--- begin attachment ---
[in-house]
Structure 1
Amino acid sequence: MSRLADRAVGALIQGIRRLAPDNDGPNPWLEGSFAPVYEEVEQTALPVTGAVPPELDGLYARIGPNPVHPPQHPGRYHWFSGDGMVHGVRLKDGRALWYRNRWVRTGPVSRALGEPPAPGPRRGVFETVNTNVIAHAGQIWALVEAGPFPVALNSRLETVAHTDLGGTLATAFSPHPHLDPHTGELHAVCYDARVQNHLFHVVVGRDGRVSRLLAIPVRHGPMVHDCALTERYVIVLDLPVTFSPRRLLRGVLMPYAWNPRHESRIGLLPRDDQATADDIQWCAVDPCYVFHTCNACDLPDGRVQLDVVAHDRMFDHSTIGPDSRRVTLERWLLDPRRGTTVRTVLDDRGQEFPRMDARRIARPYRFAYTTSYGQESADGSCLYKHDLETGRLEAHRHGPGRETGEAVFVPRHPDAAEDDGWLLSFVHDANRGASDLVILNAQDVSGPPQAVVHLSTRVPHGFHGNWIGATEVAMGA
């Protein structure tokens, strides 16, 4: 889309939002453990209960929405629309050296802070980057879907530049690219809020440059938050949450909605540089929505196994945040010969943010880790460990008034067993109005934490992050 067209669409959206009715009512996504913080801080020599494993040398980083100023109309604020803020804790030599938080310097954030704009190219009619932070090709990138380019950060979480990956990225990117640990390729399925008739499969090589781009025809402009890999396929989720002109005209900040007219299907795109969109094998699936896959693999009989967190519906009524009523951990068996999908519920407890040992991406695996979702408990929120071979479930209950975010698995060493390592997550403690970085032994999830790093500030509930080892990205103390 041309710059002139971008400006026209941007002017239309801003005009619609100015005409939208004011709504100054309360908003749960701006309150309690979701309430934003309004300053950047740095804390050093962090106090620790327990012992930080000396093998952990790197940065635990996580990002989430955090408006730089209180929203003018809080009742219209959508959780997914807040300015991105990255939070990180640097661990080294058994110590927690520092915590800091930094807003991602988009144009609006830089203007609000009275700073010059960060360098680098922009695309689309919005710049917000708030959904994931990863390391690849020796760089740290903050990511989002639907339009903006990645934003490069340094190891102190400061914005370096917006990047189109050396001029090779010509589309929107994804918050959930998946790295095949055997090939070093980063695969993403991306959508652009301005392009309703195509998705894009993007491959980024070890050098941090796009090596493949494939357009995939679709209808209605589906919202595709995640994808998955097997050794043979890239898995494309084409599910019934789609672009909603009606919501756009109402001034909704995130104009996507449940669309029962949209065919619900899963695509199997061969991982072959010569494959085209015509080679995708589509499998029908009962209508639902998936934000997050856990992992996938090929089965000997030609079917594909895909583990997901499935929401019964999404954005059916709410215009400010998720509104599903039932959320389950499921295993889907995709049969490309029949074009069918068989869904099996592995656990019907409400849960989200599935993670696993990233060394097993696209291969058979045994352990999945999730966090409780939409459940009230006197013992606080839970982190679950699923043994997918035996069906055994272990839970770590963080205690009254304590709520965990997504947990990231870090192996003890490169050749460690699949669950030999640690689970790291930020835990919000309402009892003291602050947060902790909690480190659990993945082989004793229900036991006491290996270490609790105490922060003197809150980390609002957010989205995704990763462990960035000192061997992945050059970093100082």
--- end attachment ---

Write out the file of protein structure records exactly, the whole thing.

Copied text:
[in-house]
Structure 1
Amino acid sequence: MSRLADRAVGALIQGIRRLAPDNDGPNPWLEGSFAPVYEEVEQTALPVTGAVPPELDGLYARIGPNPVHPPQHPGRYHWFSGDGMVHGVRLKDGRALWYRNRWVRTGPVSRALGEPPAPGPRRGVFETVNTNVIAHAGQIWALVEAGPFPVALNSRLETVAHTDLGGTLATAFSPHPHLDPHTGELHAVCYDARVQNHLFHVVVGRDGRVSRLLAIPVRHGPMVHDCALTERYVIVLDLPVTFSPRRLLRGVLMPYAWNPRHESRIGLLPRDDQATADDIQWCAVDPCYVFHTCNACDLPDGRVQLDVVAHDRMFDHSTIGPDSRRVTLERWLLDPRRGTTVRTVLDDRGQEFPRMDARRIARPYRFAYTTSYGQESADGSCLYKHDLETGRLEAHRHGPGRETGEAVFVPRHPDAAEDDGWLLSFVHDANRGASDLVILNAQDVSGPPQAVVHLSTRVPHGFHGNWIGATEVAMGA
């Protein structure tokens, strides 16, 4: 889309939002453990209960929405629309050296802070980057879907530049690219809020440059938050949450909605540089929505196994945040010969943010880790460990008034067993109005934490992050 067209669409959206009715009512996504913080801080020599494993040398980083100023109309604020803020804790030599938080310097954030704009190219009619932070090709990138380019950060979480990956990225990117640990390729399925008739499969090589781009025809402009890999396929989720002109005209900040007219299907795109969109094998699936896959693999009989967190519906009524009523951990068996999908519920407890040992991406695996979702408990929120071979479930209950975010698995060493390592997550403690970085032994999830790093500030509930080892990205103390 041309710059002139971008400006026209941007002017239309801003005009619609100015005409939208004011709504100054309360908003749960701006309150309690979701309430934003309004300053950047740095804390050093962090106090620790327990012992930080000396093998952990790197940065635990996580990002989430955090408006730089209180929203003018809080009742219209959508959780997914807040300015991105990255939070990180640097661990080294058994110590927690520092915590800091930094807003991602988009144009609006830089203007609000009275700073010059960060360098680098922009695309689309919005710049917000708030959904994931990863390391690849020796760089740290903050990511989002639907339009903006990645934003490069340094190891102190400061914005370096917006990047189109050396001029090779010509589309929107994804918050959930998946790295095949055997090939070093980063695969993403991306959508652009301005392009309703195509998705894009993007491959980024070890050098941090796009090596493949494939357009995939679709209808209605589906919202595709995640994808998955097997050794043979890239898995494309084409599910019934789609672009909603009606919501756009109402001034909704995130104009996507449940669309029962949209065919619900899963695509199997061969991982072959010569494959085209015509080679995708589509499998029908009962209508639902998936934000997050856990992992996938090929089965000997030609079917594909895909583990997901499935929401019964999404954005059916709410215009400010998720509104599903039932959320389950499921295993889907995709049969490309029949074009069918068989869904099996592995656990019907409400849960989200599935993670696993990233060394097993696209291969058979045994352990999945999730966090409780939409459940009230006197013992606080839970982190679950699923043994997918035996069906055994272990839970770590963080205690009254304590709520965990997504947990990231870090192996003890490169050749460690699949669950030999640690689970790291930020835990919000309402009892003291602050947060902790909690480190659990993945082989004793229900036991006491290996270490609790105490922060003197809150980390609002957010989205995704990763462990960035000192061997992945050059970093100082």